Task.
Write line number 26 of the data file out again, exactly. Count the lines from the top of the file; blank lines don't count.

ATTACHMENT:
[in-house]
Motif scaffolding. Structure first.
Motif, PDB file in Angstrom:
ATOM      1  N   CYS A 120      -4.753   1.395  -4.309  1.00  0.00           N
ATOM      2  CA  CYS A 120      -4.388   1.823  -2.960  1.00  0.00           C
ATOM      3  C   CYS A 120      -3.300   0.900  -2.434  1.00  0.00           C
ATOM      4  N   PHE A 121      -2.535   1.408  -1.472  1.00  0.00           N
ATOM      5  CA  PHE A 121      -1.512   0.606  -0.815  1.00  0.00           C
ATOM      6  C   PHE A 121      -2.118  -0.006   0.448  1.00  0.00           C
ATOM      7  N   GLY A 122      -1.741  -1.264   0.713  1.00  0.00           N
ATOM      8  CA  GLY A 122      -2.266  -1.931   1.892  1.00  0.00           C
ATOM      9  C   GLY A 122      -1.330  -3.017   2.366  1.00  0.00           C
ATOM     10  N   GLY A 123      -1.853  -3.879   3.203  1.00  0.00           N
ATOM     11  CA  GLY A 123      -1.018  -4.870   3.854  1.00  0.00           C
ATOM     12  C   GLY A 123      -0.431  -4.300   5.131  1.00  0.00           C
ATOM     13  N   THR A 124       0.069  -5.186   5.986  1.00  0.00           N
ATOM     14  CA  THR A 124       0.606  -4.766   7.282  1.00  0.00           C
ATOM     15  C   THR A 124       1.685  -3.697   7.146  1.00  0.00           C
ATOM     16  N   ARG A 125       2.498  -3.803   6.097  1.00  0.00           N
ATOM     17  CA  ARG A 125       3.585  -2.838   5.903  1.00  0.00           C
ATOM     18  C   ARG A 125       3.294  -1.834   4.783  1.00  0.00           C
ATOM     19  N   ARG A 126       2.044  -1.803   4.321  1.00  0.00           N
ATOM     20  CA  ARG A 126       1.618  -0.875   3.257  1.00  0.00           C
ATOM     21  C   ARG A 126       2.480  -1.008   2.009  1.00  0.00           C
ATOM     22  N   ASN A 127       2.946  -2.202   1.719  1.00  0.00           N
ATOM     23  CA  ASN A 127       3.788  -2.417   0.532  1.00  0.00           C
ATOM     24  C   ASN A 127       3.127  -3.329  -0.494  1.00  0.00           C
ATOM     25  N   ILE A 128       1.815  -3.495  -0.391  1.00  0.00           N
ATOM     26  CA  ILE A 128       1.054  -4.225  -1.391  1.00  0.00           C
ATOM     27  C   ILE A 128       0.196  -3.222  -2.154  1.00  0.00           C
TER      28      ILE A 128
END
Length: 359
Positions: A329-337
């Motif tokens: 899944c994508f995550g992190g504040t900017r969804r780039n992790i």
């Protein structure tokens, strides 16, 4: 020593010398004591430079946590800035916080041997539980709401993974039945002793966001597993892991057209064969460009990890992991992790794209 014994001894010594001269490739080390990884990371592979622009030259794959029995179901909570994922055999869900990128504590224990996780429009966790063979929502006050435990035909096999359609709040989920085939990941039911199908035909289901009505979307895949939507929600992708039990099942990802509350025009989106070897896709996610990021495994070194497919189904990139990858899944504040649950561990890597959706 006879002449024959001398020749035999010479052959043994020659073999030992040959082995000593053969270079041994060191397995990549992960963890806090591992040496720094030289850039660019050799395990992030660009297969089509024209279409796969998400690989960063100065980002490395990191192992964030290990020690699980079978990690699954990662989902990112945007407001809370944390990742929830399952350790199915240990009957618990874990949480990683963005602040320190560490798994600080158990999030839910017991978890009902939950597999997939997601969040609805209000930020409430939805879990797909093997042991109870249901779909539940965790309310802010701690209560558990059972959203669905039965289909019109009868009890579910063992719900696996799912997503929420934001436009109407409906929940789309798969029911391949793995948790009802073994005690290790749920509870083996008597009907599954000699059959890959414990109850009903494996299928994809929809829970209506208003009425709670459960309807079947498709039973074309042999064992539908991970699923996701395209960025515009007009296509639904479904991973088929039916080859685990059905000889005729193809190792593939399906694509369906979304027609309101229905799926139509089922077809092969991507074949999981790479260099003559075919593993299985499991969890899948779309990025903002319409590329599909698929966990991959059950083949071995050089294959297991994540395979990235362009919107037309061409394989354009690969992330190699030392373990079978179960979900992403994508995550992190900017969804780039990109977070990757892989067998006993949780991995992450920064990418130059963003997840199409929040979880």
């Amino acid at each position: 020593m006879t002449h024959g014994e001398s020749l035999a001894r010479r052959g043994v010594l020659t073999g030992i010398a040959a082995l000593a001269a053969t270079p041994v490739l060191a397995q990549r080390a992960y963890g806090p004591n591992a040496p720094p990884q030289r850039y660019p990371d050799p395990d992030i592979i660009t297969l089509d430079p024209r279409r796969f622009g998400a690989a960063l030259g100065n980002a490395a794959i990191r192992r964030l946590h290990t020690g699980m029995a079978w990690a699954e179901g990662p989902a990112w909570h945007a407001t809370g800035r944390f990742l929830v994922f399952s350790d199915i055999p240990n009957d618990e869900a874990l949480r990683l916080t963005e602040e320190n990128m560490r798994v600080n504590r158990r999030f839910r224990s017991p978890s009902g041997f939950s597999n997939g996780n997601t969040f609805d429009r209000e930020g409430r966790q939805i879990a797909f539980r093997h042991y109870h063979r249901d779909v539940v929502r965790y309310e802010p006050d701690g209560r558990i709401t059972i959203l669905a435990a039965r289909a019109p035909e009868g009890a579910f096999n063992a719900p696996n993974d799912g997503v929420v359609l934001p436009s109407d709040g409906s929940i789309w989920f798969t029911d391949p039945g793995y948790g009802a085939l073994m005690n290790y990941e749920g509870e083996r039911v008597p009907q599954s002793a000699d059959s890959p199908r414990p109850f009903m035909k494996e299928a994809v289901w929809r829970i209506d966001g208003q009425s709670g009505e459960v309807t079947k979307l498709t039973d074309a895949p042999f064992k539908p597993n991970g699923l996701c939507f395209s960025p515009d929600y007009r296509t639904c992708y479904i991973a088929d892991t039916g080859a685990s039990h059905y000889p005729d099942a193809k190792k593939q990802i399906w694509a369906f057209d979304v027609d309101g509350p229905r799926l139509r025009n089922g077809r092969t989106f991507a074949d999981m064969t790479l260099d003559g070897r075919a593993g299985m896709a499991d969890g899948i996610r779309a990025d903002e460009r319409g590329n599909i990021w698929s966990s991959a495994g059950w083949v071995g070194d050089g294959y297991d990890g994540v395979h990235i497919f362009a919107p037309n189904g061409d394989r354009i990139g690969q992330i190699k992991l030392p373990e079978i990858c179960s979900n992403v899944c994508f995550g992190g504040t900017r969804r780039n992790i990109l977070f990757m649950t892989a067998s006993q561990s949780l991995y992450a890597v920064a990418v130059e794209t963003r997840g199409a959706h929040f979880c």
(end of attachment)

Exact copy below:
ATOM     23  CA  ASN A 127       3.788  -2.417   0.532  1.00  0.00           C